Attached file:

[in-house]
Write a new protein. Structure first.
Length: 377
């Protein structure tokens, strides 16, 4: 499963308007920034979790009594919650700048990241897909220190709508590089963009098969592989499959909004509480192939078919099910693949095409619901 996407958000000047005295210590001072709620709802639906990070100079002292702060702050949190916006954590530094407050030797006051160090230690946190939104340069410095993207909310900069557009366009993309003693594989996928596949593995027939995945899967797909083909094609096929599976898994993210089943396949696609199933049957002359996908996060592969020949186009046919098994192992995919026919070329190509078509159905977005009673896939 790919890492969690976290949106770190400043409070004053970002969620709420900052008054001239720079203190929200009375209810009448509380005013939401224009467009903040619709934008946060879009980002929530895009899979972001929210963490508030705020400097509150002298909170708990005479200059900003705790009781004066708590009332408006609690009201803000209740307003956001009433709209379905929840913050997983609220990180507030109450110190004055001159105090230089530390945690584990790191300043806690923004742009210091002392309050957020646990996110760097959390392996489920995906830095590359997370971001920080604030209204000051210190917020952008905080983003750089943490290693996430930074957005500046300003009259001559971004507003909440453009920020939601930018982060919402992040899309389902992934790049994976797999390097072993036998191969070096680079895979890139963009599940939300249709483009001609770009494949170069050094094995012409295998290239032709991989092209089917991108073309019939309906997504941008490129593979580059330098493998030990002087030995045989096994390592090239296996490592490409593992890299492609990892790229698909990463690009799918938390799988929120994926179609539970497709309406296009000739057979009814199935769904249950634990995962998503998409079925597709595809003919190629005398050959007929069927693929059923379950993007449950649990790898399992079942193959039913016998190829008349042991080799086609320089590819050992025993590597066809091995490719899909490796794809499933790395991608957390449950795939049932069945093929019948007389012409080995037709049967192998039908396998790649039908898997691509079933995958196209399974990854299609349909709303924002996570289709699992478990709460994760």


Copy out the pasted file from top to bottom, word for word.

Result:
[in-house]
Write a new protein. Structure first.
Length: 377
């Protein structure tokens, strides 16, 4: 499963308007920034979790009594919650700048990241897909220190709508590089963009098969592989499959909004509480192939078919099910693949095409619901 996407958000000047005295210590001072709620709802639906990070100079002292702060702050949190916006954590530094407050030797006051160090230690946190939104340069410095993207909310900069557009366009993309003693594989996928596949593995027939995945899967797909083909094609096929599976898994993210089943396949696609199933049957002359996908996060592969020949186009046919098994192992995919026919070329190509078509159905977005009673896939 790919890492969690976290949106770190400043409070004053970002969620709420900052008054001239720079203190929200009375209810009448509380005013939401224009467009903040619709934008946060879009980002929530895009899979972001929210963490508030705020400097509150002298909170708990005479200059900003705790009781004066708590009332408006609690009201803000209740307003956001009433709209379905929840913050997983609220990180507030109450110190004055001159105090230089530390945690584990790191300043806690923004742009210091002392309050957020646990996110760097959390392996489920995906830095590359997370971001920080604030209204000051210190917020952008905080983003750089943490290693996430930074957005500046300003009259001559971004507003909440453009920020939601930018982060919402992040899309389902992934790049994976797999390097072993036998191969070096680079895979890139963009599940939300249709483009001609770009494949170069050094094995012409295998290239032709991989092209089917991108073309019939309906997504941008490129593979580059330098493998030990002087030995045989096994390592090239296996490592490409593992890299492609990892790229698909990463690009799918938390799988929120994926179609539970497709309406296009000739057979009814199935769904249950634990995962998503998409079925597709595809003919190629005398050959007929069927693929059923379950993007449950649990790898399992079942193959039913016998190829008349042991080799086609320089590819050992025993590597066809091995490719899909490796794809499933790395991608957390449950795939049932069945093929019948007389012409080995037709049967192998039908396998790649039908898997691509079933995958196209399974990854299609349909709303924002996570289709699992478990709460994760």